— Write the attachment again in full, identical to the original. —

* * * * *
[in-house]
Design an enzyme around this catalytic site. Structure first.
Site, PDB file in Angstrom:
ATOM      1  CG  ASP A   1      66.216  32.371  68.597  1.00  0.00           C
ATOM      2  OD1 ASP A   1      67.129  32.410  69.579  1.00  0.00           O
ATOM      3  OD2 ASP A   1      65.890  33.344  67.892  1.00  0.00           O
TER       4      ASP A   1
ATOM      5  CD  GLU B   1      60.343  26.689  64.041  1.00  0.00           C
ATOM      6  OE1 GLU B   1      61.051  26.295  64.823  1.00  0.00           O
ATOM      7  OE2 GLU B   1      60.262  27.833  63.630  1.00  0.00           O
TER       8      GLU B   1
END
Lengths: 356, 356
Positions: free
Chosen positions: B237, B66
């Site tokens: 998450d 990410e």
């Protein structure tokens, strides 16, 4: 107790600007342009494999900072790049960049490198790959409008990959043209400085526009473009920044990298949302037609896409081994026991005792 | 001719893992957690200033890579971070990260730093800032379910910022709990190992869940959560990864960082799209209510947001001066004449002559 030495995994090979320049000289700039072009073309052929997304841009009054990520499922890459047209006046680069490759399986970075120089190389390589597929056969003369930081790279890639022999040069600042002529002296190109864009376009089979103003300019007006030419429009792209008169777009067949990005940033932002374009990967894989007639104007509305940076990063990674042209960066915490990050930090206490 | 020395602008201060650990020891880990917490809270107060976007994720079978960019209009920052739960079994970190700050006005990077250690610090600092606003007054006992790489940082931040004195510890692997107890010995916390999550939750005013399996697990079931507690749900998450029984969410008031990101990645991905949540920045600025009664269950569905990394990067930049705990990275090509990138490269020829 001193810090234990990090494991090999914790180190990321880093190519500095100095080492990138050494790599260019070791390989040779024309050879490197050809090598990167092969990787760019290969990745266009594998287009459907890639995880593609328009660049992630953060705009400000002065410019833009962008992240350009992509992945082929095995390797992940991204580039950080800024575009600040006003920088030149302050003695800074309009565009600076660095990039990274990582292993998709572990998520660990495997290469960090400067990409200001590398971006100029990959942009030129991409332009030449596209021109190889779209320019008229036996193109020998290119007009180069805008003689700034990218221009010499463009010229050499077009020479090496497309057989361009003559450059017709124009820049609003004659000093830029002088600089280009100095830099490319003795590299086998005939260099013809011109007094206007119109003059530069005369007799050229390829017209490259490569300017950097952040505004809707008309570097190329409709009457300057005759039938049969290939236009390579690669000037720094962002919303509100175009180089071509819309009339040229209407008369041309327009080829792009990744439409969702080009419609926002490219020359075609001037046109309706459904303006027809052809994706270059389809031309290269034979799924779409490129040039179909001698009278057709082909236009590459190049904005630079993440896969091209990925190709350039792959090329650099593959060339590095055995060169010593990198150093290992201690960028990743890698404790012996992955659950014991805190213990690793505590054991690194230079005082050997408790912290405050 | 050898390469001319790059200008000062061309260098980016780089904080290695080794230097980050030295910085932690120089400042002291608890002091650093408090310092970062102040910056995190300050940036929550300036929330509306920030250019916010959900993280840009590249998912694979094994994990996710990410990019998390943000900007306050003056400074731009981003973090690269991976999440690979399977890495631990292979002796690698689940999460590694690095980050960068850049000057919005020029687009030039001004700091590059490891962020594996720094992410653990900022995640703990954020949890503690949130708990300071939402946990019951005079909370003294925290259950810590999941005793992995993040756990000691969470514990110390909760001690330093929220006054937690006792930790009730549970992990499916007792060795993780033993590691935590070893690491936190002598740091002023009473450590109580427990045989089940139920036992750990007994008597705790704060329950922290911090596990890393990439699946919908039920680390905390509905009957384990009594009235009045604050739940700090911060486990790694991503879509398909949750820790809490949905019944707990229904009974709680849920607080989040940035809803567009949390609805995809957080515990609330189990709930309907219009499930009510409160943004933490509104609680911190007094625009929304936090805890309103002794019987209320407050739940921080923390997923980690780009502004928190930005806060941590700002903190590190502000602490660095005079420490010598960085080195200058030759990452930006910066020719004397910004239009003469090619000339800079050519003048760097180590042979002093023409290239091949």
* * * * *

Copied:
[in-house]
Design an enzyme around this catalytic site. Structure first.
Site, PDB file in Angstrom:
ATOM      1  CG  ASP A   1      66.216  32.371  68.597  1.00  0.00           C
ATOM      2  OD1 ASP A   1      67.129  32.410  69.579  1.00  0.00           O
ATOM      3  OD2 ASP A   1      65.890  33.344  67.892  1.00  0.00           O
TER       4      ASP A   1
ATOM      5  CD  GLU B   1      60.343  26.689  64.041  1.00  0.00           C
ATOM      6  OE1 GLU B   1      61.051  26.295  64.823  1.00  0.00           O
ATOM      7  OE2 GLU B   1      60.262  27.833  63.630  1.00  0.00           O
TER       8      GLU B   1
END
Lengths: 356, 356
Positions: free
Chosen positions: B237, B66
């Site tokens: 998450d 990410e």
């Protein structure tokens, strides 16, 4: 107790600007342009494999900072790049960049490198790959409008990959043209400085526009473009920044990298949302037609896409081994026991005792 | 001719893992957690200033890579971070990260730093800032379910910022709990190992869940959560990864960082799209209510947001001066004449002559 030495995994090979320049000289700039072009073309052929997304841009009054990520499922890459047209006046680069490759399986970075120089190389390589597929056969003369930081790279890639022999040069600042002529002296190109864009376009089979103003300019007006030419429009792209008169777009067949990005940033932002374009990967894989007639104007509305940076990063990674042209960066915490990050930090206490 | 020395602008201060650990020891880990917490809270107060976007994720079978960019209009920052739960079994970190700050006005990077250690610090600092606003007054006992790489940082931040004195510890692997107890010995916390999550939750005013399996697990079931507690749900998450029984969410008031990101990645991905949540920045600025009664269950569905990394990067930049705990990275090509990138490269020829 001193810090234990990090494991090999914790180190990321880093190519500095100095080492990138050494790599260019070791390989040779024309050879490197050809090598990167092969990787760019290969990745266009594998287009459907890639995880593609328009660049992630953060705009400000002065410019833009962008992240350009992509992945082929095995390797992940991204580039950080800024575009600040006003920088030149302050003695800074309009565009600076660095990039990274990582292993998709572990998520660990495997290469960090400067990409200001590398971006100029990959942009030129991409332009030449596209021109190889779209320019008229036996193109020998290119007009180069805008003689700034990218221009010499463009010229050499077009020479090496497309057989361009003559450059017709124009820049609003004659000093830029002088600089280009100095830099490319003795590299086998005939260099013809011109007094206007119109003059530069005369007799050229390829017209490259490569300017950097952040505004809707008309570097190329409709009457300057005759039938049969290939236009390579690669000037720094962002919303509100175009180089071509819309009339040229209407008369041309327009080829792009990744439409969702080009419609926002490219020359075609001037046109309706459904303006027809052809994706270059389809031309290269034979799924779409490129040039179909001698009278057709082909236009590459190049904005630079993440896969091209990925190709350039792959090329650099593959060339590095055995060169010593990198150093290992201690960028990743890698404790012996992955659950014991805190213990690793505590054991690194230079005082050997408790912290405050 | 050898390469001319790059200008000062061309260098980016780089904080290695080794230097980050030295910085932690120089400042002291608890002091650093408090310092970062102040910056995190300050940036929550300036929330509306920030250019916010959900993280840009590249998912694979094994994990996710990410990019998390943000900007306050003056400074731009981003973090690269991976999440690979399977890495631990292979002796690698689940999460590694690095980050960068850049000057919005020029687009030039001004700091590059490891962020594996720094992410653990900022995640703990954020949890503690949130708990300071939402946990019951005079909370003294925290259950810590999941005793992995993040756990000691969470514990110390909760001690330093929220006054937690006792930790009730549970992990499916007792060795993780033993590691935590070893690491936190002598740091002023009473450590109580427990045989089940139920036992750990007994008597705790704060329950922290911090596990890393990439699946919908039920680390905390509905009957384990009594009235009045604050739940700090911060486990790694991503879509398909949750820790809490949905019944707990229904009974709680849920607080989040940035809803567009949390609805995809957080515990609330189990709930309907219009499930009510409160943004933490509104609680911190007094625009929304936090805890309103002794019987209320407050739940921080923390997923980690780009502004928190930005806060941590700002903190590190502000602490660095005079420490010598960085080195200058030759990452930006910066020719004397910004239009003469090619000339800079050519003048760097180590042979002093023409290239091949």